Tory tax credit U-turn to hurt up to 800,000 families – The London Economic

Tory tax credit U-turn to hurt up to 800,000 families

By Joe Mellor, Deputy Editor

A little noticed change that slipped past the Chancellor’s U-turn will clobber hundreds of thousands of workers.

George Osborne stated he was ditching tax credit cuts, which would have seen over three million families lose around £1,300 per annum.

However, it has been revealed that changes to the ‘income rise disregard’ would still go ahead from April this year. The policy, which says how much income can increase by before tax credits are recalculated, will hit up to 800,000 after it is widened to affect even more families.

The Treasury plans to rake in £935 million over the next five years using the income disregard. Next year the figure will be £170million – around £210 for every one of the 800,000 claimants affected.

The Treasury insisted none will be “cash losers” because their income will have increased. Under the changes to the income rise disregard, people will have their tax credits cut when their pay rises by more than £2,500 in a year. It was previously set at £5,000. That cuts incentives for workers to take more hours or look for a promotion or enhanced role elsewhere.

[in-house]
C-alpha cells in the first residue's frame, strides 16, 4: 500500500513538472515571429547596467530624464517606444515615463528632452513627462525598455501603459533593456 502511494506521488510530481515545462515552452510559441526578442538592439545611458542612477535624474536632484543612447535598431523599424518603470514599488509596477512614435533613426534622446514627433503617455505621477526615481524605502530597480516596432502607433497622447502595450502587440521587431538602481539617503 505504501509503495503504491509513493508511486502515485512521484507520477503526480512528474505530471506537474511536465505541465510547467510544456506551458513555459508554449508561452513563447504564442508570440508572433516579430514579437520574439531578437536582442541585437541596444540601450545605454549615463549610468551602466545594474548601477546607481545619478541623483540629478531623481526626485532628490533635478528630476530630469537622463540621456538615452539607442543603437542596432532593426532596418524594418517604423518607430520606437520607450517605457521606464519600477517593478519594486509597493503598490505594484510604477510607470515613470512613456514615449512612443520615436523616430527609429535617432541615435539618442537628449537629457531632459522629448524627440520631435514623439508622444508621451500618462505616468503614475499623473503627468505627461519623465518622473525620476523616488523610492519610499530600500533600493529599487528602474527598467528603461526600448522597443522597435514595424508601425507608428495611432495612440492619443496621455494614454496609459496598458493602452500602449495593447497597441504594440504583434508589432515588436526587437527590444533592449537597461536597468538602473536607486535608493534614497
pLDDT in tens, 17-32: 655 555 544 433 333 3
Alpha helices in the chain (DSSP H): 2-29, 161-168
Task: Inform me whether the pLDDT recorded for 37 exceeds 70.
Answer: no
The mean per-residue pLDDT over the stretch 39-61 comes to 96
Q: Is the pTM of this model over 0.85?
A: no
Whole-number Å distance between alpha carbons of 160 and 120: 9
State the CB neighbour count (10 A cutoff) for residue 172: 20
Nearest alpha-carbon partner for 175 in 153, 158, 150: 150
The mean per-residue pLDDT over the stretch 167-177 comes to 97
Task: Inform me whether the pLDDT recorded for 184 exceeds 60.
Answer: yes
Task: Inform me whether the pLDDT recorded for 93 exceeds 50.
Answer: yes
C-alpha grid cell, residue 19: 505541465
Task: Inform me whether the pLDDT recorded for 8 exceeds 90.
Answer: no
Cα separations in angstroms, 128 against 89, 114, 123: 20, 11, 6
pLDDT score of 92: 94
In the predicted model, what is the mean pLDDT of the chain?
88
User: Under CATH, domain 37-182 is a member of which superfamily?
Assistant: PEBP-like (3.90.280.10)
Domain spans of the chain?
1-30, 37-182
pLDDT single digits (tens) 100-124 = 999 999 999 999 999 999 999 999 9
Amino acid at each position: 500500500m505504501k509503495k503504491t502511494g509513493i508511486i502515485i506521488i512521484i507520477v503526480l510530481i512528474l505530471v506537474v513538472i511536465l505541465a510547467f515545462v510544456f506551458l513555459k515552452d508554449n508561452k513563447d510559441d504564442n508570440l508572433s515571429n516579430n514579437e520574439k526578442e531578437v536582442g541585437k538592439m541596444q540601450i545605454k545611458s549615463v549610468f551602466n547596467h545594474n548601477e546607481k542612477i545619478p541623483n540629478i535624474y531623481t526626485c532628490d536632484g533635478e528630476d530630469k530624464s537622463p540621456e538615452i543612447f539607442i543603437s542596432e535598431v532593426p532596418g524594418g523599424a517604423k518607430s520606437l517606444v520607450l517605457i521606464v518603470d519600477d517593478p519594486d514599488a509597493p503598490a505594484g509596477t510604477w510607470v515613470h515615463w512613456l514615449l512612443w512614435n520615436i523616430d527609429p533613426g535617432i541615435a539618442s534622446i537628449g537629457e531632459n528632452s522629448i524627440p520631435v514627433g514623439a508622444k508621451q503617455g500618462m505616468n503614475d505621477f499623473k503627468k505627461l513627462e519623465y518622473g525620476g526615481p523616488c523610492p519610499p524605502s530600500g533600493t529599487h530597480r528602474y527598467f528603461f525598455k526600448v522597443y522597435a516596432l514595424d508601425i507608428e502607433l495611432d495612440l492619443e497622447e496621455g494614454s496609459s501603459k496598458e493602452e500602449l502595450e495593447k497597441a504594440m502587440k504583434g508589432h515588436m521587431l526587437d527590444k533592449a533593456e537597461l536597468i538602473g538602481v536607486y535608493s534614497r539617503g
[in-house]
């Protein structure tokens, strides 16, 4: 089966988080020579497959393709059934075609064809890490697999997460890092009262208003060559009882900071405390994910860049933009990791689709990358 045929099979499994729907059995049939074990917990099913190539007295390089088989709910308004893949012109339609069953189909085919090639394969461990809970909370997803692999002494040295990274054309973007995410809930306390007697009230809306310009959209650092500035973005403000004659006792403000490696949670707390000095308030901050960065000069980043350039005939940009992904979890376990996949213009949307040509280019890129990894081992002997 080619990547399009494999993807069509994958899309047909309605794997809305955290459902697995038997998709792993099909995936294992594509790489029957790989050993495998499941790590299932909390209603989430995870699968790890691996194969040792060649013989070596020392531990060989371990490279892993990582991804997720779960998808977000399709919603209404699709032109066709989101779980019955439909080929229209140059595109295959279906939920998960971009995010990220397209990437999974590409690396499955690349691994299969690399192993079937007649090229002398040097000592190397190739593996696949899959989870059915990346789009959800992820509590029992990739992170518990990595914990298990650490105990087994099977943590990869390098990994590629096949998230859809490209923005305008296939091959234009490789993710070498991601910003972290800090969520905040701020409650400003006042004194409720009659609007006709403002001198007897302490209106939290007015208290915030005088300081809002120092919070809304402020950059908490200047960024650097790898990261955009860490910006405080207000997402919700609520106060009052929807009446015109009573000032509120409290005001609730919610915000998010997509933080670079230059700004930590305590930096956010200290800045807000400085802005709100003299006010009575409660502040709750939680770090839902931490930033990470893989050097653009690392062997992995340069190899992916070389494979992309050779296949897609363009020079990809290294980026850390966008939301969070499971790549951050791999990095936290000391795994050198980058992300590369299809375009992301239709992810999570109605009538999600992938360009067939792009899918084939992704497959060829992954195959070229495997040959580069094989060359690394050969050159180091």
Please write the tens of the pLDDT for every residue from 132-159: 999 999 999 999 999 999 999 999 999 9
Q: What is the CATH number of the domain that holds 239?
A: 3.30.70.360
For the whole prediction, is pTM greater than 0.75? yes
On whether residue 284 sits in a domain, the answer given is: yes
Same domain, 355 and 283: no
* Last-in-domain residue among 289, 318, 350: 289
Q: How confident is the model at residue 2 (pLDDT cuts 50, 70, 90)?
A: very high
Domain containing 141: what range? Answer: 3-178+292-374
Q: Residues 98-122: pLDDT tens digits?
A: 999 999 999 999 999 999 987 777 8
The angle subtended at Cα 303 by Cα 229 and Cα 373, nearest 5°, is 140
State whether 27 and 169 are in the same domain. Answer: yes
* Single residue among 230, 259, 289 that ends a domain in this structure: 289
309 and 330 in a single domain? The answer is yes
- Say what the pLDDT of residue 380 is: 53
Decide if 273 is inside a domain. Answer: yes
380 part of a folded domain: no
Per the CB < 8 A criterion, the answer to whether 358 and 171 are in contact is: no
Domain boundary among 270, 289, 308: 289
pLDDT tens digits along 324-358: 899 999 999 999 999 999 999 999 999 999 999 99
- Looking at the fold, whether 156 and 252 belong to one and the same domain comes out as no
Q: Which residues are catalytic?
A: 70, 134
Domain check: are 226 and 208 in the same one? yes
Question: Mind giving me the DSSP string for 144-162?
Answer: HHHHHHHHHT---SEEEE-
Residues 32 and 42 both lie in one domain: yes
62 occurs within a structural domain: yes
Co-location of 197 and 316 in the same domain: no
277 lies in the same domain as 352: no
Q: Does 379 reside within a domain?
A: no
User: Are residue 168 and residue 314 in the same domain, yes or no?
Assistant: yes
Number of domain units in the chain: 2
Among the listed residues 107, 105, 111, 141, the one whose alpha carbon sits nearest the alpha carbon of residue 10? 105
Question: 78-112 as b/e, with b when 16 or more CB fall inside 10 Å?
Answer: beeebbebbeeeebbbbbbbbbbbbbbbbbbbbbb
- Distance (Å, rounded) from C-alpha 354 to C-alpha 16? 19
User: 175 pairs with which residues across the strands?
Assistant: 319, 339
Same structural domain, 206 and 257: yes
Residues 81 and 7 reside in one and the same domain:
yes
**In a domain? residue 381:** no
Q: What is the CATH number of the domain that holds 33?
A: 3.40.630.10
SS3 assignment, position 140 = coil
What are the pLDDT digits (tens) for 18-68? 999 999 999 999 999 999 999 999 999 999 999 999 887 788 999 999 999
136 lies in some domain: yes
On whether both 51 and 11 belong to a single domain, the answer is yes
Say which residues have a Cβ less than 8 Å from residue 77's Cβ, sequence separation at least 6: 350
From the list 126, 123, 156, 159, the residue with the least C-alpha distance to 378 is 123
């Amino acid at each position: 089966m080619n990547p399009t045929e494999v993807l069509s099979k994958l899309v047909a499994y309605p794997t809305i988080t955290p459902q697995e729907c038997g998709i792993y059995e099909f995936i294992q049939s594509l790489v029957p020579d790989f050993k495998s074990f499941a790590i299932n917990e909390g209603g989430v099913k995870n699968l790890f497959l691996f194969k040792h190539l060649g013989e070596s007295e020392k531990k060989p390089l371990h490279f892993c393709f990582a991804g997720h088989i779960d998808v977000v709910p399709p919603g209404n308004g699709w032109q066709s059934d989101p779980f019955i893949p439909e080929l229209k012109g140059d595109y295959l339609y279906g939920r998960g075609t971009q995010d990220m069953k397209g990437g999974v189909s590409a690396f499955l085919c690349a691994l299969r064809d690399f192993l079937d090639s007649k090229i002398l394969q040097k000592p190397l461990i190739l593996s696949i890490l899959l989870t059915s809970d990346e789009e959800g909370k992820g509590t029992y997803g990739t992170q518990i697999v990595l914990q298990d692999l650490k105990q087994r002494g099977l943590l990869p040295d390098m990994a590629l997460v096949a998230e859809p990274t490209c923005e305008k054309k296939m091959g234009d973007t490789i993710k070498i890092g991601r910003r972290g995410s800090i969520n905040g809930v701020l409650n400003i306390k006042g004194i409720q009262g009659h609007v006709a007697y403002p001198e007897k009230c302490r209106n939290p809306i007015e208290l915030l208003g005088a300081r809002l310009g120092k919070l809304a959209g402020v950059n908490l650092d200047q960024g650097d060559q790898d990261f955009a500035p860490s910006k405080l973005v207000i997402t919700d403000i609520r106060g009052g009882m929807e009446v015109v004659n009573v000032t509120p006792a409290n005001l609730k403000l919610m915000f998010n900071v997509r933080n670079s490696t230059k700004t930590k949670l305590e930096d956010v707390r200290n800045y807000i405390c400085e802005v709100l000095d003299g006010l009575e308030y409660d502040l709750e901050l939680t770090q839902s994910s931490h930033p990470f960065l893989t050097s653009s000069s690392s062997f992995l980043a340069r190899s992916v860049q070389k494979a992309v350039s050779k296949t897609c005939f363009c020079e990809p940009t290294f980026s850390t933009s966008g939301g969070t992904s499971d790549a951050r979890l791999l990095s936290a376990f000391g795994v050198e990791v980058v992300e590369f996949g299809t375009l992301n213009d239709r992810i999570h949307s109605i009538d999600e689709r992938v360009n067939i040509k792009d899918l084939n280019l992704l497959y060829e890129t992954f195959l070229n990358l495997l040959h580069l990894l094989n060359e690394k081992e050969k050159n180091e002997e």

Shadow Chancellor John McDonnell said: “The Chancellor said he was reversing his cuts to tax credits only two months ago.

“But like many announcements he makes he says one thing in public and does another when he thinks no one is looking.

“It’s completely shameful when you consider that 800,000 working people, almost the equivalent of a city the size of Leeds, face losing £300 a week when the Tories are cutting taxes for a wealthy few.

“This is something George Osborne needs to urgently reverse in full in the budget next month, and it’s something he could easily do if he wants to.

“There will be many Tory MPs who told their constituents that their Chancellor was not cutting their tax credits who’ll now be left looking silly.”

A Treasury spokeswoman said: “It is a simple matter of fairness and common sense that tax credit awards are reviewed as people’s incomes change.”

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